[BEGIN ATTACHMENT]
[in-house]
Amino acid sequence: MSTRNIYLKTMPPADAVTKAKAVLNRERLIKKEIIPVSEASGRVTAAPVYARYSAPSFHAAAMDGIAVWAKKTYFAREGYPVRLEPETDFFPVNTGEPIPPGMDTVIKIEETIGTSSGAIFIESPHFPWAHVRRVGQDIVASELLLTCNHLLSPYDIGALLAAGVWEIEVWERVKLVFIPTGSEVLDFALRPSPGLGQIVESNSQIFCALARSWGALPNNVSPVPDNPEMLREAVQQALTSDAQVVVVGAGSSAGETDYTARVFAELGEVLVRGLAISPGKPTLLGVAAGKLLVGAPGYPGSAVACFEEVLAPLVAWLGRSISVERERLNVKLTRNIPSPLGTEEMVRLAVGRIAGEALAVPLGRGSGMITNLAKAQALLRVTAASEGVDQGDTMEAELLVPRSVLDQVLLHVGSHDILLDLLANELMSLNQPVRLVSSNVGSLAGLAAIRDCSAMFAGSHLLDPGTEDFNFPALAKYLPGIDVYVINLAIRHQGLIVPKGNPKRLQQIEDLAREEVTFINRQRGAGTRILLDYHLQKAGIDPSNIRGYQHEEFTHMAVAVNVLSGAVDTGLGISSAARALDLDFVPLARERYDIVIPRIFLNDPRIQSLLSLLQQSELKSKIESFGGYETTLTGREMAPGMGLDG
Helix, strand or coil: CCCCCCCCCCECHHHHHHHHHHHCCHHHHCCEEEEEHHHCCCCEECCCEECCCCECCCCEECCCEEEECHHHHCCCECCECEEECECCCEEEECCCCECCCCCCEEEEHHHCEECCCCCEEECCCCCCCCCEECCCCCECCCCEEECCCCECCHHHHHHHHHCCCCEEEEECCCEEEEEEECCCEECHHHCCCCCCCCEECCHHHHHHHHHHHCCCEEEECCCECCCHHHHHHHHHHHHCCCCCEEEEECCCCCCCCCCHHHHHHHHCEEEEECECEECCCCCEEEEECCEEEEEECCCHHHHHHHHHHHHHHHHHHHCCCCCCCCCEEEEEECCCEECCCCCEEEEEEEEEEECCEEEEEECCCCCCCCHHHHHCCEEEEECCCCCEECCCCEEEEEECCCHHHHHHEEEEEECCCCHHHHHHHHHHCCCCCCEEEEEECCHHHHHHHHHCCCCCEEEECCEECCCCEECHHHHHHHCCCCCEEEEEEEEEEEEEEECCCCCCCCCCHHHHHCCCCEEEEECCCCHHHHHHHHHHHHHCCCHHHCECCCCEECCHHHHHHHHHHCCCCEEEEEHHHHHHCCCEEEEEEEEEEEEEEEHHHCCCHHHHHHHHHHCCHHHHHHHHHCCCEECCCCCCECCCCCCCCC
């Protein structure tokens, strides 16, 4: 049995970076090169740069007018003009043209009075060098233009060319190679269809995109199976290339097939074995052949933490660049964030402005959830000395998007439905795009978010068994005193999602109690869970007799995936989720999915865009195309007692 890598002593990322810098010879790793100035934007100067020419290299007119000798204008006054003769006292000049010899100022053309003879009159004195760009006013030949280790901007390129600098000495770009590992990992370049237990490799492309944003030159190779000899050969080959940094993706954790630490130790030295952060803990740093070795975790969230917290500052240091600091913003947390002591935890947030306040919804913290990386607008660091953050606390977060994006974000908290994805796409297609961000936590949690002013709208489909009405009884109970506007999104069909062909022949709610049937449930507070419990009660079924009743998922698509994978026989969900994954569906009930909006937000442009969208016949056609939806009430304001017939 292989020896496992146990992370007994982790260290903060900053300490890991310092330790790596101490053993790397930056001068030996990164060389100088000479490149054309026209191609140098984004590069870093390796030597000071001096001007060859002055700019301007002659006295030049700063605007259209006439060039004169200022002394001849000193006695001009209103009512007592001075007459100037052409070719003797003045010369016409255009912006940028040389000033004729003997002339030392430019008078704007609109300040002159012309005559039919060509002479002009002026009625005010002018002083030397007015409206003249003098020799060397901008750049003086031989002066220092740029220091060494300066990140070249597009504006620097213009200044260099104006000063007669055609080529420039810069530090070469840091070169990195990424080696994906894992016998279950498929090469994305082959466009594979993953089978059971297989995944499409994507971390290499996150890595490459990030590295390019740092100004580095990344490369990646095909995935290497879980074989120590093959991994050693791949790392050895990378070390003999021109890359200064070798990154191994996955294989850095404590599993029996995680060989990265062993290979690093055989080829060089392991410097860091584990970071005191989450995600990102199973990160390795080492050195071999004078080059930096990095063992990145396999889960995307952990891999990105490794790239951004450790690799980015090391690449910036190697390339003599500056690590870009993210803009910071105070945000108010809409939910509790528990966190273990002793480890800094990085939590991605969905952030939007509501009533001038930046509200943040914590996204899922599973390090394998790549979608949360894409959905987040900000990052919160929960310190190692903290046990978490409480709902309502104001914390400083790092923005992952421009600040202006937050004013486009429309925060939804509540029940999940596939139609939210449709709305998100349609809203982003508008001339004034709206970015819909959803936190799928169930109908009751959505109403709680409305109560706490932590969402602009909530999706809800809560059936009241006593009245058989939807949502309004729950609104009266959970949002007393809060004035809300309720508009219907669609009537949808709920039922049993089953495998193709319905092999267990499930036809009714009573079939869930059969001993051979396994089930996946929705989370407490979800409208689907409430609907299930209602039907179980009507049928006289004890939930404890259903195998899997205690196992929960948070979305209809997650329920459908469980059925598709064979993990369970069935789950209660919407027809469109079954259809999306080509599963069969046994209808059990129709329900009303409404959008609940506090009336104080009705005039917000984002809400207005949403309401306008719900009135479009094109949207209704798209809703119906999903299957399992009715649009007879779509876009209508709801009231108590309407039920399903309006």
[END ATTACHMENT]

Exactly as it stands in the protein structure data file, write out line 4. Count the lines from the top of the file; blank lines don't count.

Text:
């Protein structure tokens, strides 16, 4: 049995970076090169740069007018003009043209009075060098233009060319190679269809995109199976290339097939074995052949933490660049964030402005959830000395998007439905795009978010068994005193999602109690869970007799995936989720999915865009195309007692 890598002593990322810098010879790793100035934007100067020419290299007119000798204008006054003769006292000049010899100022053309003879009159004195760009006013030949280790901007390129600098000495770009590992990992370049237990490799492309944003030159190779000899050969080959940094993706954790630490130790030295952060803990740093070795975790969230917290500052240091600091913003947390002591935890947030306040919804913290990386607008660091953050606390977060994006974000908290994805796409297609961000936590949690002013709208489909009405009884109970506007999104069909062909022949709610049937449930507070419990009660079924009743998922698509994978026989969900994954569906009930909006937000442009969208016949056609939806009430304001017939 292989020896496992146990992370007994982790260290903060900053300490890991310092330790790596101490053993790397930056001068030996990164060389100088000479490149054309026209191609140098984004590069870093390796030597000071001096001007060859002055700019301007002659006295030049700063605007259209006439060039004169200022002394001849000193006695001009209103009512007592001075007459100037052409070719003797003045010369016409255009912006940028040389000033004729003997002339030392430019008078704007609109300040002159012309005559039919060509002479002009002026009625005010002018002083030397007015409206003249003098020799060397901008750049003086031989002066220092740029220091060494300066990140070249597009504006620097213009200044260099104006000063007669055609080529420039810069530090070469840091070169990195990424080696994906894992016998279950498929090469994305082959466009594979993953089978059971297989995944499409994507971390290499996150890595490459990030590295390019740092100004580095990344490369990646095909995935290497879980074989120590093959991994050693791949790392050895990378070390003999021109890359200064070798990154191994996955294989850095404590599993029996995680060989990265062993290979690093055989080829060089392991410097860091584990970071005191989450995600990102199973990160390795080492050195071999004078080059930096990095063992990145396999889960995307952990891999990105490794790239951004450790690799980015090391690449910036190697390339003599500056690590870009993210803009910071105070945000108010809409939910509790528990966190273990002793480890800094990085939590991605969905952030939007509501009533001038930046509200943040914590996204899922599973390090394998790549979608949360894409959905987040900000990052919160929960310190190692903290046990978490409480709902309502104001914390400083790092923005992952421009600040202006937050004013486009429309925060939804509540029940999940596939139609939210449709709305998100349609809203982003508008001339004034709206970015819909959803936190799928169930109908009751959505109403709680409305109560706490932590969402602009909530999706809800809560059936009241006593009245058989939807949502309004729950609104009266959970949002007393809060004035809300309720508009219907669609009537949808709920039922049993089953495998193709319905092999267990499930036809009714009573079939869930059969001993051979396994089930996946929705989370407490979800409208689907409430609907299930209602039907179980009507049928006289004890939930404890259903195998899997205690196992929960948070979305209809997650329920459908469980059925598709064979993990369970069935789950209660919407027809469109079954259809999306080509599963069969046994209808059990129709329900009303409404959008609940506090009336104080009705005039917000984002809400207005949403309401306008719900009135479009094109949207209704798209809703119906999903299957399992009715649009007879779509876009209508709801009231108590309407039920399903309006």